Sunday, February 12, 2017

Buddha Meditation Journal

The text in this journal is a modernized version of very ancient verses originally attributed to the Buddha. The Buddha didn't mince words when telling people what they needed to know to reach happiness and these simple verses are very dear to the hearts of Buddhists everywhere.

How to Use this Journal

Of course, you can use this journal any way you like! You can scribble limericks, keep grocery lists, or review old television shows.

But! You can use each page as a “thought for the day” and then ignore the quotes and use the lined pages as a record of your daily journey.

You can doodle on the left page under the quote or you can cut pictures out of magazines and glue them there.
You can use the quotes as writing prompts.

The Buddha once said “Do not believe in anything simply because you have heard it. ... Do not believe in anything simply because it is found written in your religious books. ... But after observation and analysis, when you find that anything agrees with reason and is conducive to the good and benefit of one and all, then accept it and live up to it.”

You have permission to argue with the quotes. You can analyze them and see how they fit with your life or not. You can modify them into something more suitable to you.

You can do a mix of all of the above.

This is your book.


Monday, January 2, 2017

But I Don’t Write!

“I don’t write. When I text, it looks like ‘C U @ 8.’ I’ll call somebody before I leave them a note. Journaling is not for me.”

Writing is talking on paper. You talk all the time. You probably talked during the above-mentioned phone call.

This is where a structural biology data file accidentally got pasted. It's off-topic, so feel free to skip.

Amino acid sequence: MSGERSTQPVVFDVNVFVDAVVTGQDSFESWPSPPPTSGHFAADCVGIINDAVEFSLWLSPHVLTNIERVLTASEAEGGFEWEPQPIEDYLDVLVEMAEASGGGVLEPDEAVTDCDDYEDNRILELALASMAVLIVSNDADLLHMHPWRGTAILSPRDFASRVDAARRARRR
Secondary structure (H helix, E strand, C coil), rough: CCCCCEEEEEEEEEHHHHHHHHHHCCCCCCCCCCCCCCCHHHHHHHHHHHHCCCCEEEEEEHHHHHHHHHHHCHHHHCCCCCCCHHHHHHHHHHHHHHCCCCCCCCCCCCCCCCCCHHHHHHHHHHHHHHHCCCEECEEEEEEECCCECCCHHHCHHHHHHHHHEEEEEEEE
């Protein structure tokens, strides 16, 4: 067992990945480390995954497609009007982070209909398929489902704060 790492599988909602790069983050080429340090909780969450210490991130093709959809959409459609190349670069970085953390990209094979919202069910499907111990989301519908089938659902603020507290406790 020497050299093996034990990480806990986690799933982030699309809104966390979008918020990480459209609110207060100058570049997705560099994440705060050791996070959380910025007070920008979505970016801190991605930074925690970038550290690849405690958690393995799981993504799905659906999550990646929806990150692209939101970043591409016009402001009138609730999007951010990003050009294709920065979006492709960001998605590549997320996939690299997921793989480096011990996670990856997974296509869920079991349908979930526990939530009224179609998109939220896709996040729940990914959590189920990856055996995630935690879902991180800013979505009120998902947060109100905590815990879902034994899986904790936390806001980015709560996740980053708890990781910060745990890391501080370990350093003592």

Handwriting is awkward until your hand relaxes and starts doing what you want without being told. That’s what it’s like after you get used to it and it happens a lot faster than you think. You think of something to say and the pencil or pen writes it without arguing.

Then your thoughts get turned into concrete words on the page.

Oh, Dear.

That means you have to look at those words and not only is the handwriting sloppy but the ideas are stupid and everybody can read them.

Return your attention to the above phone call.

You did not evaluate the quality of the way you delivered the message. You needed to plan how to get together for dinner and so you did. No second thoughts about your word choices.

Journaling is like that if you let it be. Just say what you mean to say. If you mess something up just scribble through it and move on.

Your journal will not criticize your imperfections. Your teacher will not grade you.

Look into your heart and write about what you see there. If you can’t figure out what you are seeing, write about that.

It’s a dark room filled with junk.

It’s a tangled ball of yarn.

It’s an empty plane as far as the eye can see.

It’s a swimming pool full of screaming children.

It’s a box of misspelled words describing boredom.

It’s a sweaty jungle full of mosquitos.

It’s none of your damn business.

It’s empty, boring, stupid, empty, boring stupid, empty, boring stupid … in bad handwriting for three pages.

And all or any of that is exactly fine and correct.

No worries.

It’s your journal and nobody else’s!